E EQUALLED MC!
Albert Einstein was a genius. Everyone agrees. He helped us rethink the fabric of our universe and also served as a fierce advocate for humanism.
But did you know that he was also among the first hip-hop artists?
A letter written by Einstein and recently discovered in an archive at the College of South Lausanne has suggested that late in his life, the great physicist chose not to rest on his scientific or ethical laurels but to explore what the letter called “the energetic cadence of rhyming words placed in propinquity.”
“I was flabbergasted,” said Jennifer T. Neuberg, a researcher at the College. “This is a letter about a vacation he took, filled with many boring pastoral details: this sheep had a thick coat, this meadow was especially green. Blather, really.”
Neuberg took a sip of water.
“But then in the middle, there’s this one passage where he talks about this energetic cadence, and then right after that, he writes, ‘Milk from a cow / Silk from a sow / A fencepost on fire / Dense, close attire / Farmland / Armband / Feeling such elation / At solar excitation.’ It’s utter nonsense on one level, but one another level, it’s Einstein flowing.”
Neuberg immediately contacted other universities with stray Einstein papers and discovered more evidence to support her theory. A British college sent a draft of a paper in which Einstein had, in the margins, scribbled a list of words that rhymed with “motor.”
“I’ll read them to you,” said Neuberg, taking another sip of water before she did. “Voter…boater…floater…rotor.”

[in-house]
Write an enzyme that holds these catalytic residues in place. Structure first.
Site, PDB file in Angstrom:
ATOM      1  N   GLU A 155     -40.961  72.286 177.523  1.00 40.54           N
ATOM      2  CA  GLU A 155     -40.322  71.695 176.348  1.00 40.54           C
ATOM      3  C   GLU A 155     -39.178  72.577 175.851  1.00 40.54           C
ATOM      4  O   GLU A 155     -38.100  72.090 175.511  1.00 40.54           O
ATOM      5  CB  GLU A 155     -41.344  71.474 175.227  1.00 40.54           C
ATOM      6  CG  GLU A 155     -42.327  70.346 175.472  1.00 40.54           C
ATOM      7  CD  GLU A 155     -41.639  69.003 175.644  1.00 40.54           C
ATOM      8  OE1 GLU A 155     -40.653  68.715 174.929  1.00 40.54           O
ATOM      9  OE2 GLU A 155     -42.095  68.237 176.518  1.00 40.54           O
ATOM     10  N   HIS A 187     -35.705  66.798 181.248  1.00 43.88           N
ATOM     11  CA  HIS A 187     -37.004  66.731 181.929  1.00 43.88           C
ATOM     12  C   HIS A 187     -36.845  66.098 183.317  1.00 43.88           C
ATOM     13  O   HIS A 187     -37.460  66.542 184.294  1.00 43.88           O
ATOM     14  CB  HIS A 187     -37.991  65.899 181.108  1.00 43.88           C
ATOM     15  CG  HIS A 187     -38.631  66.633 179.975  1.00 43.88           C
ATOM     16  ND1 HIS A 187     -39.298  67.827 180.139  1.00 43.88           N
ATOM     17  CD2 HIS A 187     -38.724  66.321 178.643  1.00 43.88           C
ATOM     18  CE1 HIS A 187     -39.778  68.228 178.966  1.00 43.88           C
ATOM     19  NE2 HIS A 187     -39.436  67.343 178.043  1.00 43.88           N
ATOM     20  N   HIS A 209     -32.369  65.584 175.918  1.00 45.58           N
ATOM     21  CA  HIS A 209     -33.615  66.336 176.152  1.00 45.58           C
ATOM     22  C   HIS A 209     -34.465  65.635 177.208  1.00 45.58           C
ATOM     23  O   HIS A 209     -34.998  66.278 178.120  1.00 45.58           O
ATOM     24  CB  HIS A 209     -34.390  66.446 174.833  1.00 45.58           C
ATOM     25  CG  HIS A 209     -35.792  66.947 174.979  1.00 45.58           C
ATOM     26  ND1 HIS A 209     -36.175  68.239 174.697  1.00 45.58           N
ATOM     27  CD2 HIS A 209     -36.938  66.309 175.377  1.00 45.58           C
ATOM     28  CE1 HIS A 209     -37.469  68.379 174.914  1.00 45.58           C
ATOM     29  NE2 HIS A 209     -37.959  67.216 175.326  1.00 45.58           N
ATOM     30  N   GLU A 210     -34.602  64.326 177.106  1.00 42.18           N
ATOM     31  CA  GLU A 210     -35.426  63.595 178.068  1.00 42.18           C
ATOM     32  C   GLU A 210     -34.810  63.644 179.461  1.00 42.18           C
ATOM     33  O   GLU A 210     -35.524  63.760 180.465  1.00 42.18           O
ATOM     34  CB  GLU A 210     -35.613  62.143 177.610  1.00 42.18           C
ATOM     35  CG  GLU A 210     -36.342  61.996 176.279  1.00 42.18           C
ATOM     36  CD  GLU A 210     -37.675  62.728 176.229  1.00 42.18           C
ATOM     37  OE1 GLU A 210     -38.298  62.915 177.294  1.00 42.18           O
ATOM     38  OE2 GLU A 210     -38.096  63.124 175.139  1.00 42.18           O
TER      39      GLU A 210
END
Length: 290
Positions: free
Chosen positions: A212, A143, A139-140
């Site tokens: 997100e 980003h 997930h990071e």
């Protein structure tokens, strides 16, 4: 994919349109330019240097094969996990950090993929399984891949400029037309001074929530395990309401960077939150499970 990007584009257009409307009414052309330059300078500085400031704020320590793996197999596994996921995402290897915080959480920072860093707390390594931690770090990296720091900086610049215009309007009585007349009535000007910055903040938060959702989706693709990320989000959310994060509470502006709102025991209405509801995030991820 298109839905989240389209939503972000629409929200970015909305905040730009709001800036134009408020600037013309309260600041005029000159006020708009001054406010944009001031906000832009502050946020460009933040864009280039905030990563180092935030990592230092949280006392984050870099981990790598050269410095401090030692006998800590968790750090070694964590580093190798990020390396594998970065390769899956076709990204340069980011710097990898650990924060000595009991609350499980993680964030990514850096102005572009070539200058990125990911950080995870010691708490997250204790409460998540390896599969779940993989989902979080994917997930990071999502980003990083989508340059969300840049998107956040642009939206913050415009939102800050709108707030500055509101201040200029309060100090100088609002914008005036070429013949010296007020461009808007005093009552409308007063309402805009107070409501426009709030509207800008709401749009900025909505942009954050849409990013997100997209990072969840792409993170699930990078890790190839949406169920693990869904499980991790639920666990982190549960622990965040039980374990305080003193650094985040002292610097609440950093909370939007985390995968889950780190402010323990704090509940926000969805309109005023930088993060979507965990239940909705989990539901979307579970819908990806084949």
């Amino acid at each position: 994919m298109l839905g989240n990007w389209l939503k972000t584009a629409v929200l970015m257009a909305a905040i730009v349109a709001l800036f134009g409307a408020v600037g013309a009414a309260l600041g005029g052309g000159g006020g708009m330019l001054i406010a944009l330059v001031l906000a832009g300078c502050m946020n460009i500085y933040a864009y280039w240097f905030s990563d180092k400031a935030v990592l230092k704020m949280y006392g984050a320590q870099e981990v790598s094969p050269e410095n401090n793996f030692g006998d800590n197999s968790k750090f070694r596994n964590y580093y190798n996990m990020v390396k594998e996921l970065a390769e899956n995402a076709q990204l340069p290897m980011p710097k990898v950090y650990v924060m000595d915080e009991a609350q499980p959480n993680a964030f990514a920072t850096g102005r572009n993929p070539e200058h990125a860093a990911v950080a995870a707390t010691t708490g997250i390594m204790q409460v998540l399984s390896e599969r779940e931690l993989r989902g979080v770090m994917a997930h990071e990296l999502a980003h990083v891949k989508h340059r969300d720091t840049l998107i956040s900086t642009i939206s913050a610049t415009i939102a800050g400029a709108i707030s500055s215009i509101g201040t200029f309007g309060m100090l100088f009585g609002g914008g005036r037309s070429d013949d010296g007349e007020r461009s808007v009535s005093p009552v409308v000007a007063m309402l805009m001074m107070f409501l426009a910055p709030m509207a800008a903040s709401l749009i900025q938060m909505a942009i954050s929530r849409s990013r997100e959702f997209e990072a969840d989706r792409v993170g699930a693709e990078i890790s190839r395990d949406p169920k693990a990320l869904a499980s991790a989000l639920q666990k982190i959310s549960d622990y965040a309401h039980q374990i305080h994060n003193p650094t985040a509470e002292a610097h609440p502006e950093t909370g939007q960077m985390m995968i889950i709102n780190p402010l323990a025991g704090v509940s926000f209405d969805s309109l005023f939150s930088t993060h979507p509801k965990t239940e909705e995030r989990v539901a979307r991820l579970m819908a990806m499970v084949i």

Perhaps most interestingly, an Indian lab that Einstein visited in the 1930s sent Neuberg a scrap of paper that included a doodle of a propellor beanie and what Neuberg described as “an early diss track” about Einstein’s rivals (“His thinking is poor / Bad on the dance floor / That fool, Niels Bohr”)
After reading the diss track, Neuberg took yet another sip of water.
At that point, this reporter exploded. “Why can’t you just drink the whole glass and leave it at that? It seems like a nervous habit. It doesn’t even seem like you care about the water.” The outburst was followed by contrition. “I’m sorry. It’s just that I once had a girlfriend who did the same thing, and I thought it was so charming, a kind of magical spell even, but then we had a bad breakup. Cheating was involved, let’s just say, and not on my part. So that tiny innocuous gesture, well, it gets to me. But it’s no excuse for unprofessionalism. Again, so sorry.”
This reporter spent the remainder of the afternoon sitting in a room with Neuberg, reading Einstein’s lyrics in strained silence, occasionally admiring the wordplay of the more substantive verses (“The universe bends / But it never ends / Light’s top velocity / Has a certain ferocity”), mostly just thinking about his ex-girlfriend Rose.